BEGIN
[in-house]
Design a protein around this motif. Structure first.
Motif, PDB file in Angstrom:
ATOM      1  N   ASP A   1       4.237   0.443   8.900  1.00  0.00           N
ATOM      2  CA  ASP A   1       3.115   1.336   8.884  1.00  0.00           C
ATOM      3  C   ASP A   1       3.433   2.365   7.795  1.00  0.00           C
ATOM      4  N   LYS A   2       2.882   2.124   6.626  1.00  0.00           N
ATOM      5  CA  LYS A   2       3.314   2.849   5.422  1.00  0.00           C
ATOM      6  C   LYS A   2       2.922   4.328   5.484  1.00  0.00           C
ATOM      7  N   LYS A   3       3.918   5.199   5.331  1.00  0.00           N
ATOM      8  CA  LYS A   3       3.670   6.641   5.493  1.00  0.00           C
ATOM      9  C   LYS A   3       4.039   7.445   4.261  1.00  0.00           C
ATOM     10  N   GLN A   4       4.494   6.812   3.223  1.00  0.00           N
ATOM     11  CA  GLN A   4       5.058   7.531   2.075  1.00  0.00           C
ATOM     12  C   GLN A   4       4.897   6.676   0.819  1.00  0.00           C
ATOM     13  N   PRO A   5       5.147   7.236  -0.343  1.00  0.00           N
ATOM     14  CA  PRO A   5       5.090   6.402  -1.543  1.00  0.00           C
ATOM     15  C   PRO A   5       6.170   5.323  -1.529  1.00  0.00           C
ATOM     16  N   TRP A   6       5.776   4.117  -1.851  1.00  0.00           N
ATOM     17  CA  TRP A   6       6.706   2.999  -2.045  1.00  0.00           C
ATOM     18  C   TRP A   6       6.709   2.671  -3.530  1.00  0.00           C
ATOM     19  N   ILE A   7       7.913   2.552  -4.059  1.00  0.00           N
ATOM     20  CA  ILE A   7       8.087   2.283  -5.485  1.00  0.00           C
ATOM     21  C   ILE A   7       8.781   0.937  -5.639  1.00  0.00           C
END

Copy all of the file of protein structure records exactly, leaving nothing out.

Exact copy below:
[in-house]
Design a protein around this motif. Structure first.
Motif, PDB file in Angstrom:
ATOM      1  N   ASP A   1       4.237   0.443   8.900  1.00  0.00           N
ATOM      2  CA  ASP A   1       3.115   1.336   8.884  1.00  0.00           C
ATOM      3  C   ASP A   1       3.433   2.365   7.795  1.00  0.00           C
ATOM      4  N   LYS A   2       2.882   2.124   6.626  1.00  0.00           N
ATOM      5  CA  LYS A   2       3.314   2.849   5.422  1.00  0.00           C
ATOM      6  C   LYS A   2       2.922   4.328   5.484  1.00  0.00           C
ATOM      7  N   LYS A   3       3.918   5.199   5.331  1.00  0.00           N
ATOM      8  CA  LYS A   3       3.670   6.641   5.493  1.00  0.00           C
ATOM      9  C   LYS A   3       4.039   7.445   4.261  1.00  0.00           C
ATOM     10  N   GLN A   4       4.494   6.812   3.223  1.00  0.00           N
ATOM     11  CA  GLN A   4       5.058   7.531   2.075  1.00  0.00           C
ATOM     12  C   GLN A   4       4.897   6.676   0.819  1.00  0.00           C
ATOM     13  N   PRO A   5       5.147   7.236  -0.343  1.00  0.00           N
ATOM     14  CA  PRO A   5       5.090   6.402  -1.543  1.00  0.00           C
ATOM     15  C   PRO A   5       6.170   5.323  -1.529  1.00  0.00           C
ATOM     16  N   TRP A   6       5.776   4.117  -1.851  1.00  0.00           N
ATOM     17  CA  TRP A   6       6.706   2.999  -2.045  1.00  0.00           C
ATOM     18  C   TRP A   6       6.709   2.671  -3.530  1.00  0.00           C
ATOM     19  N   ILE A   7       7.913   2.552  -4.059  1.00  0.00           N
ATOM     20  CA  ILE A   7       8.087   2.283  -5.485  1.00  0.00           C
ATOM     21  C   ILE A   7       8.781   0.937  -5.639  1.00  0.00           C